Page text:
The way I envision it, in my mind’s eye, in the high-def IMAX camera of my mind’s eye, we open with these two guys, and one of them, let’s say Sullivan, he’s waking up in his bed in his boxers, there’s an empty bottle of whiskey next to the nightstand. His mouth tastes like the back of a bus seat. And at the same time, we see this guy Greenwald, and he’s out of bed the first buzz of his alarm, into his track suit, into his trainers, out the door for his morning run. And you cut, back and forth, between this hung over slob and this bright-eyed athlete as they’re going over the first hour of their mornings; Sullivan spilling his coffee grounds on the counter, Greenwald jumping over a park bench, Sullivan dropping a hunk of wet food into a bowl for his cat, Greenwald you get the idea. So you set these two guys up as polar opposites but then, but then, the end of this whole sequence, shoom, split-screen. Both these guys at the same time they sit down at their computers and they open up their blogs.
Ka-bam. You see what I did there? What I just did there? Tell me this is not genius. No I was being rhetorical. Shut up I’m still talking.
We get some close-ups, some pans across their screens, see what they’re writing about. Mundane crap. “Yesterday I had lunch at this place I am never having lunch there again.” Pages and pages of this junk. Guys with nothing to say but a lot of ways to say it. But just wait for it. Wait for it. Wait for it. We see the date. On their phone, or on their desk calendar. Guess the date. I’ll tell you. It’s a Tuesday morning. It’s September 11, 2001. And suddenly for both of these guys. Just like it does for everyone else. It all changes.
So then the rest of the picture follows the ten-year manhunt for Bin Laden and whatever it is these guys were writing about during that whole operation, like a real Lethal Weapon slash All The President’s Men buddy flick and maybe we get that West Wing slash Social Network guy to do the screenplay. But it also follows the film career of Kathryn Bigelow, who I truly believe we could get Sigourney Weaver for; and then these threads, all these threads, they start coming together, and we have this climactic final scene where for the first time Sullivan, Greenwald, and Bigelow are all in a room together. There’s a computer with these guys’ articles about the torture in Zero Dark Thirty up on the screen, and these three have just had this running gun battle up to here, with her trying to stop them from posting their article on the Internet.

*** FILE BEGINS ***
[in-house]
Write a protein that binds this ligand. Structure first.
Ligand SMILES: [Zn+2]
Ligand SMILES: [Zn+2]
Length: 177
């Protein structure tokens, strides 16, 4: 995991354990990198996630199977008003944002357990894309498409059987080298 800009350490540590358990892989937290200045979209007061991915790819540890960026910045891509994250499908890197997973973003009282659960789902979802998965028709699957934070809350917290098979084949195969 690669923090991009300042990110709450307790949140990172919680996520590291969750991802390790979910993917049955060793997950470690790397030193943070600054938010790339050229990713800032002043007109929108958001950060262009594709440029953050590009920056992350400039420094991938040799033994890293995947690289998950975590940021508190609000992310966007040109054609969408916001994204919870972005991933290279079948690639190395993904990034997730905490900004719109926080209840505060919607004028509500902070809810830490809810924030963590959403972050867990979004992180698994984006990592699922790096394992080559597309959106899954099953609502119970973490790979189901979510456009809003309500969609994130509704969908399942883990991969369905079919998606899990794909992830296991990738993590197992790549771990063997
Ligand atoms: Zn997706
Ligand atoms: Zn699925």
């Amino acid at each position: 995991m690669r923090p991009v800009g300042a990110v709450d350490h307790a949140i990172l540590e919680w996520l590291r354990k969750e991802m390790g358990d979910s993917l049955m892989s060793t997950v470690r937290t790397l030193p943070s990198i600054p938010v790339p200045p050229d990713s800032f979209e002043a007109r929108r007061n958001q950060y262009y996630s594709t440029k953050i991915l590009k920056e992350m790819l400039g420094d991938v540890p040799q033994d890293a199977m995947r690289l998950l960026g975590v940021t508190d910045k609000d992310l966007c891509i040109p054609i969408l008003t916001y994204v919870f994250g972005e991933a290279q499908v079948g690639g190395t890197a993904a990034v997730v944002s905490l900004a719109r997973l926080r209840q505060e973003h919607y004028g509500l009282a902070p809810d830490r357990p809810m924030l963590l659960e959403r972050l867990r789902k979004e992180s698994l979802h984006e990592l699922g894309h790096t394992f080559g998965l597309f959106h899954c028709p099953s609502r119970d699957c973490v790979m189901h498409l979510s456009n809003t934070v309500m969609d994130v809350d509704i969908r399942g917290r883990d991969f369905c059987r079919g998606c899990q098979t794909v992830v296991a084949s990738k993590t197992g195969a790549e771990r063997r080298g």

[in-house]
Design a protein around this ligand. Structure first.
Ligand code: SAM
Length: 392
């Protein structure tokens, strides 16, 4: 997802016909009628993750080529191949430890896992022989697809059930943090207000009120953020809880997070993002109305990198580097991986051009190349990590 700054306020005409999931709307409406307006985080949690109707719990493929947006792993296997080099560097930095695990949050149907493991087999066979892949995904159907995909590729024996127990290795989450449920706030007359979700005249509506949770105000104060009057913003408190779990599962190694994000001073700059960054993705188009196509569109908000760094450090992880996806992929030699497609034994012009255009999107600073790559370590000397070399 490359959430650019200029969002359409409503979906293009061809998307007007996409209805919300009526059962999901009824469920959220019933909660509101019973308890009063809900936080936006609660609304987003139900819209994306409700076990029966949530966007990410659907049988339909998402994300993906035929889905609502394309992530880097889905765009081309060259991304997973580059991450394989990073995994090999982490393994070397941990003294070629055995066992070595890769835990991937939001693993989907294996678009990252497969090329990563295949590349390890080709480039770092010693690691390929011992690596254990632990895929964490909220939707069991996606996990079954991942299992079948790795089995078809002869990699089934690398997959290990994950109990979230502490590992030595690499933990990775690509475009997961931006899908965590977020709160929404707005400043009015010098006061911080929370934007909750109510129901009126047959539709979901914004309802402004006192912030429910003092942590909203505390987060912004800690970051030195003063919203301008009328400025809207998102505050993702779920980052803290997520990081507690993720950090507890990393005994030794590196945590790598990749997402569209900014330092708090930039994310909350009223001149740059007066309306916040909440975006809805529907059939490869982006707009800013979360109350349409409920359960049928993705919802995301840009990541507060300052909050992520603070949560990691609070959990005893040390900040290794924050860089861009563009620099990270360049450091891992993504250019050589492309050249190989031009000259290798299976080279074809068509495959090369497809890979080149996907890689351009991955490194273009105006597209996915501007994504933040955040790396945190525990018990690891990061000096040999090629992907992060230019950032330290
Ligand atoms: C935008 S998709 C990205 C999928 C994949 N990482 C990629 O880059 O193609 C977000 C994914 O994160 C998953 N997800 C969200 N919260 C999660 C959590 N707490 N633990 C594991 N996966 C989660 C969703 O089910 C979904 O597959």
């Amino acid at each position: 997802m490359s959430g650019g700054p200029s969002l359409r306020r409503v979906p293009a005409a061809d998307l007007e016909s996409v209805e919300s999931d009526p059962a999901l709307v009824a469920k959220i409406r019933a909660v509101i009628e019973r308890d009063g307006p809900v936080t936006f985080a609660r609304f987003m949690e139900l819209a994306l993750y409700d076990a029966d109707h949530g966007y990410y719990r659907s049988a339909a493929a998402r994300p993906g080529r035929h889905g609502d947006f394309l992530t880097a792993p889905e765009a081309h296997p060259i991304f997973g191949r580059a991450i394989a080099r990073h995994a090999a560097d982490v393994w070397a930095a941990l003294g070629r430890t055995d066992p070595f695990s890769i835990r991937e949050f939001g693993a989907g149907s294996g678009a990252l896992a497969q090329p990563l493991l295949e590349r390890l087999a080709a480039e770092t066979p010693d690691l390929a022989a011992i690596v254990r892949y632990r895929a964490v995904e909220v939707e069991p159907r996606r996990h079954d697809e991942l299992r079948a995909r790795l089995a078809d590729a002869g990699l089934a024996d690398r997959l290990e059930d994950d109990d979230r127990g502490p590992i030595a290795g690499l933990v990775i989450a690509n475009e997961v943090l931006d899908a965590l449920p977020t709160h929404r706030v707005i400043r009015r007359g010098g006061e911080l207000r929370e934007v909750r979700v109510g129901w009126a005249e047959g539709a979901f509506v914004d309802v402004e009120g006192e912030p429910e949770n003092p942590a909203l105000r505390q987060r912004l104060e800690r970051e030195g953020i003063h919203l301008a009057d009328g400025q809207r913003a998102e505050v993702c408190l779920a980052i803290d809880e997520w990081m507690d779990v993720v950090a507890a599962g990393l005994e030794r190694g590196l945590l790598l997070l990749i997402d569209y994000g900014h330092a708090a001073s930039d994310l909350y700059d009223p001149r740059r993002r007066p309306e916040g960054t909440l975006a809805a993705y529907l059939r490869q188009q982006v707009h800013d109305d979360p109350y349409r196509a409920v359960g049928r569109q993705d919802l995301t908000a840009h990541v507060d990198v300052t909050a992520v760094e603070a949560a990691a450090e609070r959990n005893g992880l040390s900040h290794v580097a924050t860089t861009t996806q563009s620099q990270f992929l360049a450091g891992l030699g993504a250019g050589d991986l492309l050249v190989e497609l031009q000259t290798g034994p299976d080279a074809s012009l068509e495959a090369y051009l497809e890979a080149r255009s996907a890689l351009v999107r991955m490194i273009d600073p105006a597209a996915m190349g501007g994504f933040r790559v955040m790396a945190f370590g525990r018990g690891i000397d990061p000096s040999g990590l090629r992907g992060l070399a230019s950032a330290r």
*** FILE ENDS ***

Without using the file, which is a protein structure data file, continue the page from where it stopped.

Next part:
And Sullivan says to Bigelow, “Back off, lady. We’ve got the truth on our side, and the whole world is gonna know what you did in your movie.”
And Bigelow says to them, really seductively, and her outfit’s been ripped in several exciting places, and she says to them: “You haven’t even seen my movie. Why don’t you wait until you view the scene in context before you offer your criticism, and then we can have an honest discussion about the recent history and utilization of torture in America’s foreign policy, in the hopes that such a discussion will enlighten us all on exactly what kind of world power we wish to be. By blustering on about my film without having seen it you compromise your credibility.”
But Greenwald looks Bigelow right in the eyes and he says to her, “You just don’t get it, do you. We’re internationally respected bloggers with very strong opinions. We don’t need credibility.”
And he hits the Post button. Bam!
Well no, Jesus, no of course it didn’t happen like that. I mean, not that I know of. I don’t talk to these guys. So fine, okay, we change some names. Anthony Mulligan. Ben Brownwald. Colleen…Shmigelow. That’s easy. That’s done. The important thing is that we tell these bloggers’ story, about how they fought back against the Hollywood machine and even if they didn’t win they made the studio system bleed a little. Oh, Warner Bros. or Paramount, for sure.
And listen, I already have an idea for a marketing campaign. We hire this blogger to start posting articles about the film, see, before he has a chance to see it. I think you feel me here. Let’s go get lunch and talk this through. Hasta luego.
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Current Music: The Shins, “Australia”